Breede River Valley, Worcester, Market Square
Format Extent2 colour photographs
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Photographs and information on the bell in Worcester Market Square. One of the landmarks of Worcester is a so-called slave bell that hangs in a horseshoe bow on the Market Square. According to documents provided by the city authorities the bell has been functioning since 1822. During many years, the Worcester municipality was relayed by telephone to the Cape Town’s Noon Gun. A ringer stood by on the square and struck the bell when the signal was received. Historically the additive slave bell is problematic as other sources mention that the bell has been a cow bell. It was tradition that farmers could use the immense square to feed their cattle. However, the cows had to leave the meadow in the evening and the bell was used to indicate when this had to happen. At the moment the bell has no clapper and is heavily damaged from hanging outside in rain and sun. We are somewhat fortunate that we were able to read at the inscription band LEVICK which probably refers to the same founder as of the bell in the Spier estate in Stellenbosch. The name Levick is Jewish by origin. With the information provided by the authorities one would conclude that both bells are from the first part of the nineteenth century. However we have been unable to gain more information on the person behind the name.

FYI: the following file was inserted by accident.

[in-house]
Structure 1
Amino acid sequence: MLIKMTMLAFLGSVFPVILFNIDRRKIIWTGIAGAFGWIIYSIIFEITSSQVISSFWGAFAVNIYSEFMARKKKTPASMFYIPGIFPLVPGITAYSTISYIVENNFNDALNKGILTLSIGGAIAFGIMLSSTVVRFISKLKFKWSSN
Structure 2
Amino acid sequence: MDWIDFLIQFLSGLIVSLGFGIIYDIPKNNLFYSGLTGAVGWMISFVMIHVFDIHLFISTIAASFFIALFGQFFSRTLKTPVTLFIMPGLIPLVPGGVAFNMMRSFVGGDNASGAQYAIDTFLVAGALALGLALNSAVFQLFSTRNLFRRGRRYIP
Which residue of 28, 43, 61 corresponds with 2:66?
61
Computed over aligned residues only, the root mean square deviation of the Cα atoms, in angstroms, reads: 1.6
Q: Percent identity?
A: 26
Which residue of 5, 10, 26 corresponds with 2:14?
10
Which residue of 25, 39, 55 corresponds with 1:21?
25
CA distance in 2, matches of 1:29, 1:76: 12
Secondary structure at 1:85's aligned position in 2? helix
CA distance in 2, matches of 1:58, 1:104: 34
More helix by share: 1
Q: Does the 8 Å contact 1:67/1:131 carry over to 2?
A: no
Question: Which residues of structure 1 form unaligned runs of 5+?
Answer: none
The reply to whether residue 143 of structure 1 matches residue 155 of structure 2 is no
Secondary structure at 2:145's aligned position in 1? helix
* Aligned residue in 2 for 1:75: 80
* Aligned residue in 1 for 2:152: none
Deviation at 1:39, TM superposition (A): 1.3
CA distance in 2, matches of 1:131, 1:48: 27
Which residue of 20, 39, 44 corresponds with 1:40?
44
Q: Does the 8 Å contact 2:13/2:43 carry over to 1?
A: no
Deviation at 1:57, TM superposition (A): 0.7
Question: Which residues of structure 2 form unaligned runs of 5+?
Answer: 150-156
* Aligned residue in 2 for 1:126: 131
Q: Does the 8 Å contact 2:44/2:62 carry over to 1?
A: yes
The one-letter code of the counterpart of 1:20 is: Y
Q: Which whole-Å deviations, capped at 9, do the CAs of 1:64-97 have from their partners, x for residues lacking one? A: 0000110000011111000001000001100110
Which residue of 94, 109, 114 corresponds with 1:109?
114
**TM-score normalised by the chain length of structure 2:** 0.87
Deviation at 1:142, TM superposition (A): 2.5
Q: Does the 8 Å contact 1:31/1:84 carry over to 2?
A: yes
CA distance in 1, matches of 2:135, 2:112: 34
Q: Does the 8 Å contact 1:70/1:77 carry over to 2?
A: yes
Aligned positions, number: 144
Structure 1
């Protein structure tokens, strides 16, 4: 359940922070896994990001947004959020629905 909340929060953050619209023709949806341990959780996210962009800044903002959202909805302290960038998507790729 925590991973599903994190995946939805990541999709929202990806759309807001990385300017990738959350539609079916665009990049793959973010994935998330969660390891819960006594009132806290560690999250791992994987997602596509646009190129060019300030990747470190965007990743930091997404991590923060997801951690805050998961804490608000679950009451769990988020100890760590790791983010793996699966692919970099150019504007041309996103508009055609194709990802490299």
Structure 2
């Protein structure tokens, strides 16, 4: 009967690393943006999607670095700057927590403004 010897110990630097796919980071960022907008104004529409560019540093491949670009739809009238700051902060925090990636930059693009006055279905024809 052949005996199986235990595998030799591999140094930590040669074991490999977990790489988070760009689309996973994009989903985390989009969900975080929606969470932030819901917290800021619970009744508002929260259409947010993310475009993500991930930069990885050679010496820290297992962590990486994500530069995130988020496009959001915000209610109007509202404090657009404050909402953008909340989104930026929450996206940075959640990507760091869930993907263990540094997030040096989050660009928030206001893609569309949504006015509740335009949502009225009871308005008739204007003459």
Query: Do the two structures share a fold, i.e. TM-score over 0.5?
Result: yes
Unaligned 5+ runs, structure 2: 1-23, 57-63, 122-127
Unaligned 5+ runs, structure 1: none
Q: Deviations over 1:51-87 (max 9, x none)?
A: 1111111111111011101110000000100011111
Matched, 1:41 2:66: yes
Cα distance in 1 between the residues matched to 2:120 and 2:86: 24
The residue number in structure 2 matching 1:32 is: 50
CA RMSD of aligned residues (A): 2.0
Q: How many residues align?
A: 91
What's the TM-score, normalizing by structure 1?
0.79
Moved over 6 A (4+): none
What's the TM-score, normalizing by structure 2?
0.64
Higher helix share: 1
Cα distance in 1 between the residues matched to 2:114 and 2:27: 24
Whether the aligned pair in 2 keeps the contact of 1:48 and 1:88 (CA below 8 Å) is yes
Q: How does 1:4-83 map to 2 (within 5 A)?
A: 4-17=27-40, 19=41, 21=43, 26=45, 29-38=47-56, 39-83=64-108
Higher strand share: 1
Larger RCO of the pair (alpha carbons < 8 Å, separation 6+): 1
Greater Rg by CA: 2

- Breede Valley